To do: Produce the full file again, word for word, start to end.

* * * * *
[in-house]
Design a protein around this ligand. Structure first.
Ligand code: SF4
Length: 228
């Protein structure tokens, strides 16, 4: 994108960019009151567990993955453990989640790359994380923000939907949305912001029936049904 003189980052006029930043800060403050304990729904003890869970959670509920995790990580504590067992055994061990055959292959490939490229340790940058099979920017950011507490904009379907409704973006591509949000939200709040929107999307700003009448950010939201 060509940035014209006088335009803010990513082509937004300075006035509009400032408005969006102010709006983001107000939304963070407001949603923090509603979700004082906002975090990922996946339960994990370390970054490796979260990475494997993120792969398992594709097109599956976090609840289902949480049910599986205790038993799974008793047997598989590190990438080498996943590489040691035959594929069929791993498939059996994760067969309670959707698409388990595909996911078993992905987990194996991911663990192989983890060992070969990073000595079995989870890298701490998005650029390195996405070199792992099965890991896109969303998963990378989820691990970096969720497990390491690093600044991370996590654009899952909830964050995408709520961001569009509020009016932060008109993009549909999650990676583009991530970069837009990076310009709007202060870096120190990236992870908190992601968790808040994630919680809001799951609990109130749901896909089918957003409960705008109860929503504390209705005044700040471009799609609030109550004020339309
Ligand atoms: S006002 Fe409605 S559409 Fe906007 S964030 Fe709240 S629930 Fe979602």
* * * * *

[in-house]
Design a protein around this ligand. Structure first.
Ligand code: SF4
Length: 228
């Protein structure tokens, strides 16, 4: 994108960019009151567990993955453990989640790359994380923000939907949305912001029936049904 003189980052006029930043800060403050304990729904003890869970959670509920995790990580504590067992055994061990055959292959490939490229340790940058099979920017950011507490904009379907409704973006591509949000939200709040929107999307700003009448950010939201 060509940035014209006088335009803010990513082509937004300075006035509009400032408005969006102010709006983001107000939304963070407001949603923090509603979700004082906002975090990922996946339960994990370390970054490796979260990475494997993120792969398992594709097109599956976090609840289902949480049910599986205790038993799974008793047997598989590190990438080498996943590489040691035959594929069929791993498939059996994760067969309670959707698409388990595909996911078993992905987990194996991911663990192989983890060992070969990073000595079995989870890298701490998005650029390195996405070199792992099965890991896109969303998963990378989820691990970096969720497990390491690093600044991370996590654009899952909830964050995408709520961001569009509020009016932060008109993009549909999650990676583009991530970069837009990076310009709007202060870096120190990236992870908190992601968790808040994630919680809001799951609990109130749901896909089918957003409960705008109860929503504390209705005044700040471009799609609030109550004020339309
Ligand atoms: S006002 Fe409605 S559409 Fe906007 S964030 Fe709240 S629930 Fe979602």